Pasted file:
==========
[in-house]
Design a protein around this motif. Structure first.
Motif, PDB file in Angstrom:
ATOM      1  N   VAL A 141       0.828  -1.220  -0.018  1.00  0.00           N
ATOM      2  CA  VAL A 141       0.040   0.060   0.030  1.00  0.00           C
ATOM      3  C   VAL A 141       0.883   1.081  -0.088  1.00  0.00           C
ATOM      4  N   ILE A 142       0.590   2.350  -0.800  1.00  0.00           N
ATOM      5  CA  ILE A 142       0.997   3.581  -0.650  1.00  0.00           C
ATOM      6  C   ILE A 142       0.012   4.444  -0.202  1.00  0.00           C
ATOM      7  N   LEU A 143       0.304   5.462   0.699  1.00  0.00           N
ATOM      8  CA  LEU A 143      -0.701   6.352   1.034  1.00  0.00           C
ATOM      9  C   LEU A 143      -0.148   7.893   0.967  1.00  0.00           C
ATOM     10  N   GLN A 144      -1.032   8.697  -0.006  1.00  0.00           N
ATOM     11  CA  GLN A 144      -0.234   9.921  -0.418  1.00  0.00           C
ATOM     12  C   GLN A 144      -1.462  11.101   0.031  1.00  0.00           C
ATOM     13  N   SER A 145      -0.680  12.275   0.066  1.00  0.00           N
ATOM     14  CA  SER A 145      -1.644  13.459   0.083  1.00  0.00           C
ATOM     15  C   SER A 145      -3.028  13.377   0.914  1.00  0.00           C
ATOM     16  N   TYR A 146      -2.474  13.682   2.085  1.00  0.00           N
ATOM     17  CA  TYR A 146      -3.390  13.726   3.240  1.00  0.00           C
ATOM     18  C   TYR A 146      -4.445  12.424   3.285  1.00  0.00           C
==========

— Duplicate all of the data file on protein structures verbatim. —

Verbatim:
[in-house]
Design a protein around this motif. Structure first.
Motif, PDB file in Angstrom:
ATOM      1  N   VAL A 141       0.828  -1.220  -0.018  1.00  0.00           N
ATOM      2  CA  VAL A 141       0.040   0.060   0.030  1.00  0.00           C
ATOM      3  C   VAL A 141       0.883   1.081  -0.088  1.00  0.00           C
ATOM      4  N   ILE A 142       0.590   2.350  -0.800  1.00  0.00           N
ATOM      5  CA  ILE A 142       0.997   3.581  -0.650  1.00  0.00           C
ATOM      6  C   ILE A 142       0.012   4.444  -0.202  1.00  0.00           C
ATOM      7  N   LEU A 143       0.304   5.462   0.699  1.00  0.00           N
ATOM      8  CA  LEU A 143      -0.701   6.352   1.034  1.00  0.00           C
ATOM      9  C   LEU A 143      -0.148   7.893   0.967  1.00  0.00           C
ATOM     10  N   GLN A 144      -1.032   8.697  -0.006  1.00  0.00           N
ATOM     11  CA  GLN A 144      -0.234   9.921  -0.418  1.00  0.00           C
ATOM     12  C   GLN A 144      -1.462  11.101   0.031  1.00  0.00           C
ATOM     13  N   SER A 145      -0.680  12.275   0.066  1.00  0.00           N
ATOM     14  CA  SER A 145      -1.644  13.459   0.083  1.00  0.00           C
ATOM     15  C   SER A 145      -3.028  13.377   0.914  1.00  0.00           C
ATOM     16  N   TYR A 146      -2.474  13.682   2.085  1.00  0.00           N
ATOM     17  CA  TYR A 146      -3.390  13.726   3.240  1.00  0.00           C
ATOM     18  C   TYR A 146      -4.445  12.424   3.285  1.00  0.00           C